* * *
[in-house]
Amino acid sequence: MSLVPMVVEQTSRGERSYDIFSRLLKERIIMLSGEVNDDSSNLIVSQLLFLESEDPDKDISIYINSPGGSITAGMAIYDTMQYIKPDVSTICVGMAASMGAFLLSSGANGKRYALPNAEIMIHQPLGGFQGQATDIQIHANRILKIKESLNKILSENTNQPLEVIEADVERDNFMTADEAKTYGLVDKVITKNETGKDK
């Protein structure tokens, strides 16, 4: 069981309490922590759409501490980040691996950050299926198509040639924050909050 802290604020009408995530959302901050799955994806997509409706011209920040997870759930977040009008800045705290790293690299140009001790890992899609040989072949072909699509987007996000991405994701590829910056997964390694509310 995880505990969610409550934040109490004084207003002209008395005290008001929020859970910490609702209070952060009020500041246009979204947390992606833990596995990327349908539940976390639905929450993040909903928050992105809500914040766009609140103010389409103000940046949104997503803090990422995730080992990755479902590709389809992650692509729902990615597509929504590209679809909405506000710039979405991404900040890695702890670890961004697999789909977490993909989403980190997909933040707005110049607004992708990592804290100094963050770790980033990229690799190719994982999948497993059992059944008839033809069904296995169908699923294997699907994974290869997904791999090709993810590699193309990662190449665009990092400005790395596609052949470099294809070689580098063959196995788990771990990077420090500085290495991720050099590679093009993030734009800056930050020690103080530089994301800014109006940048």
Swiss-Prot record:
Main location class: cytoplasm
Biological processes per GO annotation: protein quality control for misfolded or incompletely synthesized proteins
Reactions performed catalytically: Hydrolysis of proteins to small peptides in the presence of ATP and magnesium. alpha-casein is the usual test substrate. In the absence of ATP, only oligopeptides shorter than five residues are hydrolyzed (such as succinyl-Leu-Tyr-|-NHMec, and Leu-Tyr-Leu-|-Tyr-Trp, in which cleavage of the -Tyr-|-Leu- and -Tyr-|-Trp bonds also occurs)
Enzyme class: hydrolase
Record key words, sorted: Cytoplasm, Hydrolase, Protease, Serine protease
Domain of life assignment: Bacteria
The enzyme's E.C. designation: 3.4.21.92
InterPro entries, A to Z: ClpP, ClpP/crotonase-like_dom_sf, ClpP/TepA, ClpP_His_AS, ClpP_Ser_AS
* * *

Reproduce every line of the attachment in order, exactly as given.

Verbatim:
[in-house]
Amino acid sequence: MSLVPMVVEQTSRGERSYDIFSRLLKERIIMLSGEVNDDSSNLIVSQLLFLESEDPDKDISIYINSPGGSITAGMAIYDTMQYIKPDVSTICVGMAASMGAFLLSSGANGKRYALPNAEIMIHQPLGGFQGQATDIQIHANRILKIKESLNKILSENTNQPLEVIEADVERDNFMTADEAKTYGLVDKVITKNETGKDK
């Protein structure tokens, strides 16, 4: 069981309490922590759409501490980040691996950050299926198509040639924050909050 802290604020009408995530959302901050799955994806997509409706011209920040997870759930977040009008800045705290790293690299140009001790890992899609040989072949072909699509987007996000991405994701590829910056997964390694509310 995880505990969610409550934040109490004084207003002209008395005290008001929020859970910490609702209070952060009020500041246009979204947390992606833990596995990327349908539940976390639905929450993040909903928050992105809500914040766009609140103010389409103000940046949104997503803090990422995730080992990755479902590709389809992650692509729902990615597509929504590209679809909405506000710039979405991404900040890695702890670890961004697999789909977490993909989403980190997909933040707005110049607004992708990592804290100094963050770790980033990229690799190719994982999948497993059992059944008839033809069904296995169908699923294997699907994974290869997904791999090709993810590699193309990662190449665009990092400005790395596609052949470099294809070689580098063959196995788990771990990077420090500085290495991720050099590679093009993030734009800056930050020690103080530089994301800014109006940048």
Swiss-Prot record:
Main location class: cytoplasm
Biological processes per GO annotation: protein quality control for misfolded or incompletely synthesized proteins
Reactions performed catalytically: Hydrolysis of proteins to small peptides in the presence of ATP and magnesium. alpha-casein is the usual test substrate. In the absence of ATP, only oligopeptides shorter than five residues are hydrolyzed (such as succinyl-Leu-Tyr-|-NHMec, and Leu-Tyr-Leu-|-Tyr-Trp, in which cleavage of the -Tyr-|-Leu- and -Tyr-|-Trp bonds also occurs)
Enzyme class: hydrolase
Record key words, sorted: Cytoplasm, Hydrolase, Protease, Serine protease
Domain of life assignment: Bacteria
The enzyme's E.C. designation: 3.4.21.92
InterPro entries, A to Z: ClpP, ClpP/crotonase-like_dom_sf, ClpP/TepA, ClpP_His_AS, ClpP_Ser_AS